by Suzanne Daub
For more than 25 years, artist Kathleen A. Duncombe has devoted her time and energy to introducing the work of many Nantucket artists and craftspeople to island residents and visitors at her downtown gallery, Made on Nantucket. This season, she has moved into a larger space, refurbished and freshly painted in her signature red, with more room to display the art. “Foremost, this is a gallery…I have gifts but the primary focus is art.”
Made on Nantucket is still located on Old South Wharf that has long been known an enclave of galleries and small shops: visitors love to stroll along the wide shell walkway, investigating the (mostly) independent shops. Duncombe’s Made on Nantucket, with her varied offering of art and craft is a destination you should be sure to put on your list!
I found her last week at a small table outside her gallery, concentrating hard as she worked on her latest custom embroidery project. “This is for a woman from New York,” Kathleen explained, “her brother died in 9/11, and she asked me to include on this jacket his initials and 9/11.”
Hand-embroidered denim is just one of Duncombe’s many expressions of creativity. In the midst of running Made on Nantucket as the summer season comes to a close, this island artist is finally finding time to work on her own art: jewelry and monoprints.
Many collectors remember Duncombe’s beautiful bangles, rings, and earrings, done with the lost-wax casting method in sterling silver and gold, a process she used to teach here on Nantucket. A few may even remember the unique Nantucket Totems that she created years ago while spending time with her critically ill father: “I was being his companion, and I felt moved to make these…he’d ask ‘darling, what are you doing,’ and I’d show him each piece. He was always very supportive of me, and he was a part of the process [designing the totems], so these are very special to me.”
In addition to returning to jewelry making, Duncombe is looking forward to again making monoprints for her gallery. Where her jewelry is “extremely specific and controlled,” creating monoprints is “looser and abstract,” she explained. Beautifully fluid, her monoprints are unlike most others. Done in color with oil-based paints and a special acrylic metallic overlay, her abstracts have a glowing transparency. “They are difficult to name,” Kathleen said as she showed me one entitled Ascension at Tulum, “because different people see different things in the abstracts.”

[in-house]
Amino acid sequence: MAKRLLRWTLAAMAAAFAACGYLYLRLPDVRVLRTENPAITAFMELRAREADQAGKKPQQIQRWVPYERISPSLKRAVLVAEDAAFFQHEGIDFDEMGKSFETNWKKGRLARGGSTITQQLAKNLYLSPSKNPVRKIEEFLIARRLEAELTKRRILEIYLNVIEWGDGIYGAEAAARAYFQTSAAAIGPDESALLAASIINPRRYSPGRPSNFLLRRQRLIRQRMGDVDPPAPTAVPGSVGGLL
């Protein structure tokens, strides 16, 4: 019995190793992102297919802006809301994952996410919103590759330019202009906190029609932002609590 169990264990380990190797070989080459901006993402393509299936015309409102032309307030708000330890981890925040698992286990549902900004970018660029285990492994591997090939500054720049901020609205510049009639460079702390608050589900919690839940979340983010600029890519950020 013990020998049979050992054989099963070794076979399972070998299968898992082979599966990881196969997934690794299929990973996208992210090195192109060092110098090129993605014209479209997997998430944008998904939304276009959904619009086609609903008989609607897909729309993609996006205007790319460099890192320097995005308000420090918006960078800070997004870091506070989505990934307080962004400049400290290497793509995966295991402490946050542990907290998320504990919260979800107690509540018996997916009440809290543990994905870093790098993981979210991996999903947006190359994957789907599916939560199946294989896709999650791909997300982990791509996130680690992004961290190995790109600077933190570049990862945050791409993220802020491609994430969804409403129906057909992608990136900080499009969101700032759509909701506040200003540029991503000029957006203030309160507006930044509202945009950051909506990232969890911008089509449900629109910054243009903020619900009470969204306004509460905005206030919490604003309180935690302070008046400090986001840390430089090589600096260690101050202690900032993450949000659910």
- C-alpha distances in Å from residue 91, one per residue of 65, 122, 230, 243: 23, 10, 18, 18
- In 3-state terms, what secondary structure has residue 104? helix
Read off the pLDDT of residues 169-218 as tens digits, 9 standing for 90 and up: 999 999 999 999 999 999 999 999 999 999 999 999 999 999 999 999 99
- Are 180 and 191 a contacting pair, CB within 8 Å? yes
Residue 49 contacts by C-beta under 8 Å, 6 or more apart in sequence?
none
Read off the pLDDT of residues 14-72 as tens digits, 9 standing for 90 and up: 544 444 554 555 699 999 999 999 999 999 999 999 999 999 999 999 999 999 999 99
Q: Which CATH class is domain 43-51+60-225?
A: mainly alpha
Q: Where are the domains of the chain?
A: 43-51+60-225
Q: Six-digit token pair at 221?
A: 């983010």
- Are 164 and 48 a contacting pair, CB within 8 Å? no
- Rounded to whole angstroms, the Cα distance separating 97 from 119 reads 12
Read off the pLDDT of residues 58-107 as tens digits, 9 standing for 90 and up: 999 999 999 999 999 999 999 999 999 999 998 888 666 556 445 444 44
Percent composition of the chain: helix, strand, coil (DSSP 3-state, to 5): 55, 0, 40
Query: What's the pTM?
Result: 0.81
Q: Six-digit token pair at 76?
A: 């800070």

Throughout our conversation, a steady flow of visitors stopped by Made on Nantucket to see the variety of island-made art and craft inside. Several people asked specifically about her collections of Bakelite, and one customer explained the appeal: “It’s unique: they don’t make it anymore…there’s a history behind it. You’re wearing art!”
Well-known to collectors, there’s been a resurgence of interest in Bakelite. Some of the unusual vintage pieces can sell for several hundred to several thousand dollars. “There is a couple who comes in every summer: he buys Bakelite barware and kitchenware, and she buys jewelry…There are lots of variations,” Duncombe described, “some are carved; some are plain; there are pieces that are laminated, lathed, and some are reverse carved and painted…they’re phenomenal! The type of Bakelite I carry—extraordinary pieces that are rare—is getting hard to find…when I get new pieces, I call my serious collectors.”
As with the Bakelite, Kathleen carefully selects every item she sells: original oils, serigraphs, offset lithography, new cellography, handcrafted jewelry, leather pochettes, colorful slump glass plaques—most sold exclusively at Made on Nantucket—alongside a selection of handwoven items by Karin Sheppard of Island Weaves, some Native American jewelry, and the largest array of Bakelite on the east coast.
“Almost everything here is made on Nantucket, except the Bakelite and the Native American jewelry,” Kathleen explained. More than 20 Nantucket artists and craftspeople are represented in her gallery, plus pre-owned Nantucket art, works that can be hard to find by Bill Dickson, Donn Russell, and other great island artists who no longer with us.
For those who keep stopping by to purchase the Made on Nantucket original Christmas ornament: we are sworn to secrecy about the 2019 design, but keep stopping by or call, it will be ready soon!
As much as she loves introducing people to the talented artists she represents and will continue to do so, she is excited about spending more time on her own work, saying “art is really important to me.”
Made on Nantucket
20 Old South Wharf, 508-228-0110